Dolores Huerta talks the final days before the 2020 Election
Huerta's message has been steady throughout the 2020 campaign: voting equals power.
Dolores Huerta is an activist and labor leader who co-founded the Agricultural Workers Association in 1960. Today, it is called the United Farm Workers. Though she stepped down from her role at UFW in 1999, she continues to spread awareness involved in politics and making sure her community gets the visibility they deserve.
AL DÍA spoke to Huerta just days ahead of the Nov. 3 election. She’s been on the frontlines of getting people to vote and said has hope for the upcoming election’s capacity to enact some serious change. She says this year’s voter turnout has been different because many who haven’t voted before going to the polls as well as more young people than ever before.
Like many prominent figures to be asked about the impact of 2020’s election, Huerta held firm that it will be unlike any other.
“I think this election now is the most crucial, the most critical election that we have had in my lifetime, and I’m 90-years-old,” she said.
Huerta went on to share that the last time she saw such a divided nation was in the 1960s, when the Vietnam war was waging, and never would have guessed that in the year 2020, the division would have been caused by the issue of racism in the United States.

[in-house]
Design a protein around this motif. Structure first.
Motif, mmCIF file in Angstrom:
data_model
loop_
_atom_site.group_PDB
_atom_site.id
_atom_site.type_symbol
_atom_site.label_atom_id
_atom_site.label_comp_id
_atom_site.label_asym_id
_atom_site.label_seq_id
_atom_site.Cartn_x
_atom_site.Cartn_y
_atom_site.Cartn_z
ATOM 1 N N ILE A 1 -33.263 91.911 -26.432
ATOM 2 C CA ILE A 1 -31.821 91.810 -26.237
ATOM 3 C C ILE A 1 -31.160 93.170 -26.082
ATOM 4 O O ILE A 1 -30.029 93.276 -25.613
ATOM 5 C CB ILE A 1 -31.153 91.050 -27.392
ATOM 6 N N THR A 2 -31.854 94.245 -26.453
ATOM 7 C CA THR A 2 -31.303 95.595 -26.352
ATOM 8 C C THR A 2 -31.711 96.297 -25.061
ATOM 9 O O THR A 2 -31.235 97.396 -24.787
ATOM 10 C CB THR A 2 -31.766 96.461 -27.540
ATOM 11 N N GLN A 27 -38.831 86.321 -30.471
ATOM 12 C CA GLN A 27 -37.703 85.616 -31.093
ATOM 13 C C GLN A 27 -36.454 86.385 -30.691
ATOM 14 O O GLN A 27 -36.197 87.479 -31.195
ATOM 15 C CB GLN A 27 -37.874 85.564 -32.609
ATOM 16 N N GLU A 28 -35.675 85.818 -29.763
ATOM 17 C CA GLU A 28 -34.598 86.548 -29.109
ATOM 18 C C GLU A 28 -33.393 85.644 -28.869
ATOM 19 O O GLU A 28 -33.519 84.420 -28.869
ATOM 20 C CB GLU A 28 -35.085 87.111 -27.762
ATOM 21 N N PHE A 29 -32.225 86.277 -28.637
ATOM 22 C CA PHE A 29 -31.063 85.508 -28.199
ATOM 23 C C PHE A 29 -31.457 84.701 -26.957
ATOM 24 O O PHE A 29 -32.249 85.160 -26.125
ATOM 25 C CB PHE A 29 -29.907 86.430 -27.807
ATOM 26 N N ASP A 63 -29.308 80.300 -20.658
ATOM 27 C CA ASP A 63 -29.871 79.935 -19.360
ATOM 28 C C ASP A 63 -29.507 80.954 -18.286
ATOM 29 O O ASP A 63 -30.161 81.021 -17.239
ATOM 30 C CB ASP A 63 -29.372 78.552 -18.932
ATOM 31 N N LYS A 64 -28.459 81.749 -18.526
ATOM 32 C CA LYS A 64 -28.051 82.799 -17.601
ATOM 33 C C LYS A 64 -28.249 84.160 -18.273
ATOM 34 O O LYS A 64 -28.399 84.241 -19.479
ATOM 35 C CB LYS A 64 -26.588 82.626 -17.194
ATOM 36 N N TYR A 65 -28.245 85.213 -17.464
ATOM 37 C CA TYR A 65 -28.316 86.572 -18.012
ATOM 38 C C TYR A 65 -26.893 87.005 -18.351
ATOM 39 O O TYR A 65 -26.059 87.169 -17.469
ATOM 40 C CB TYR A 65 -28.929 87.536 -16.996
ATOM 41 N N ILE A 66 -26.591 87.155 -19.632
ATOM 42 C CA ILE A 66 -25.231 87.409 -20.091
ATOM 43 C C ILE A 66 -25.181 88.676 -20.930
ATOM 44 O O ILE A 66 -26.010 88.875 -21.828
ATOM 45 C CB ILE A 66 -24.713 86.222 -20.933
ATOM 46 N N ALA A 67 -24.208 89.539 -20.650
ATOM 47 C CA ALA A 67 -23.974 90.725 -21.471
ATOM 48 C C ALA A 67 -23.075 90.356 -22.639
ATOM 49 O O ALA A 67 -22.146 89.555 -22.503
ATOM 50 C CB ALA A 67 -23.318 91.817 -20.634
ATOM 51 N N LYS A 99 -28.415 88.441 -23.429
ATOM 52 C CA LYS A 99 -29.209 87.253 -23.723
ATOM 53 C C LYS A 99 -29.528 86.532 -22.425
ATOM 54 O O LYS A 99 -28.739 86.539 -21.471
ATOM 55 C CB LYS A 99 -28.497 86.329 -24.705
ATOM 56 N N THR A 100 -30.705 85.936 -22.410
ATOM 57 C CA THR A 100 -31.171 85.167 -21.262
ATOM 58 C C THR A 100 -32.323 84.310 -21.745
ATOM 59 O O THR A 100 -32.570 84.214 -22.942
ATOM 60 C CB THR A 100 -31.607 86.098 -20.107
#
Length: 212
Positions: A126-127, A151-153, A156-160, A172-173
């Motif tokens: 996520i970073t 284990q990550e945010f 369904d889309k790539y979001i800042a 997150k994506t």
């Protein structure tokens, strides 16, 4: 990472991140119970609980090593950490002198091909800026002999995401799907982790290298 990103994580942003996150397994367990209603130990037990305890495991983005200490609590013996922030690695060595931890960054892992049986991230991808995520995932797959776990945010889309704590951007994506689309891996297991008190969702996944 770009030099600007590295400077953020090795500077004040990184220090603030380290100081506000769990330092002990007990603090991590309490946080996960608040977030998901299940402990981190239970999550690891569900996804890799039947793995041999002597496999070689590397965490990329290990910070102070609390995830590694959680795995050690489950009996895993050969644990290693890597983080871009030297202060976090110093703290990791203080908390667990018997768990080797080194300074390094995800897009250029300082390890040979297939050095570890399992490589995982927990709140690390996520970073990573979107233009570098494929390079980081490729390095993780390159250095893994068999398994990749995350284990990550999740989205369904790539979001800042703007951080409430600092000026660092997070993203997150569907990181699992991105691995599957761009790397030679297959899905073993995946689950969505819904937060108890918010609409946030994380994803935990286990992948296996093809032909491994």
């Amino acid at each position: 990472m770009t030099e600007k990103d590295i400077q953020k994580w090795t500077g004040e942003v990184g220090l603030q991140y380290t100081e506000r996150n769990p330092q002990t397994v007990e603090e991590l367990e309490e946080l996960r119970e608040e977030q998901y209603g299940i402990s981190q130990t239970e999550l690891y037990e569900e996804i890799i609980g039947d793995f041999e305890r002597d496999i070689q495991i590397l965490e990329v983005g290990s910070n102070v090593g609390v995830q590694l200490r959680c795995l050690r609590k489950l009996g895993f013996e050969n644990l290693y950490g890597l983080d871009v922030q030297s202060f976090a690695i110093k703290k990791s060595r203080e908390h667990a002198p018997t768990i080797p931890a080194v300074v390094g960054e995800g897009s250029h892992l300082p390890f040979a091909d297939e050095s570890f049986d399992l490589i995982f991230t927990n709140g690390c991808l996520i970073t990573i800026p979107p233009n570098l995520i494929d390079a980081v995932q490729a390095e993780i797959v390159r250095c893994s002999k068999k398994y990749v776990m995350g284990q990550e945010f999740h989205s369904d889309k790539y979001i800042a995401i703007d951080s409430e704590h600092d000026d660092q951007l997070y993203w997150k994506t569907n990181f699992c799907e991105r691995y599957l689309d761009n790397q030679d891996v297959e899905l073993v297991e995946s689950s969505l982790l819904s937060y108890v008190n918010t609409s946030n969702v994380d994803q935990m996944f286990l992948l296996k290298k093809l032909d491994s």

“We want to eliminate racism, gender discrimination, and so many things like having people believe in science, considering global warming, the inequities in education, incomes,” Huerta said.
With five days left until Election Day, voter suppression is also a topic and experience at the top of voter worries. While definitely a concern, Huerta cited that in spite of it, a record number of people used mail-in ballots as an option, and went to early voting polls to perform their civic duty.
As for the multiple horrid stories around ICE and witnessing their abuse within the detention centers, Huerta cited it as another reason the outcome is essential in 2020. In her mind, the future of the country is dependent on DREAMers having a future along with those under TPS, and eventually passing long-overdue immigration reform.
That is just one of the issues Huerta stressed people to vote for.
“We have to vote for the things we need, like minimum wage, healthcare, immigrant rights, and more,” she said.
“Cuando votamos, ganamos, si no votamos, nos fregamos.”
“When we vote we win, when we don’t we lose.” With that, make sure you go out and vote on Nov. 3!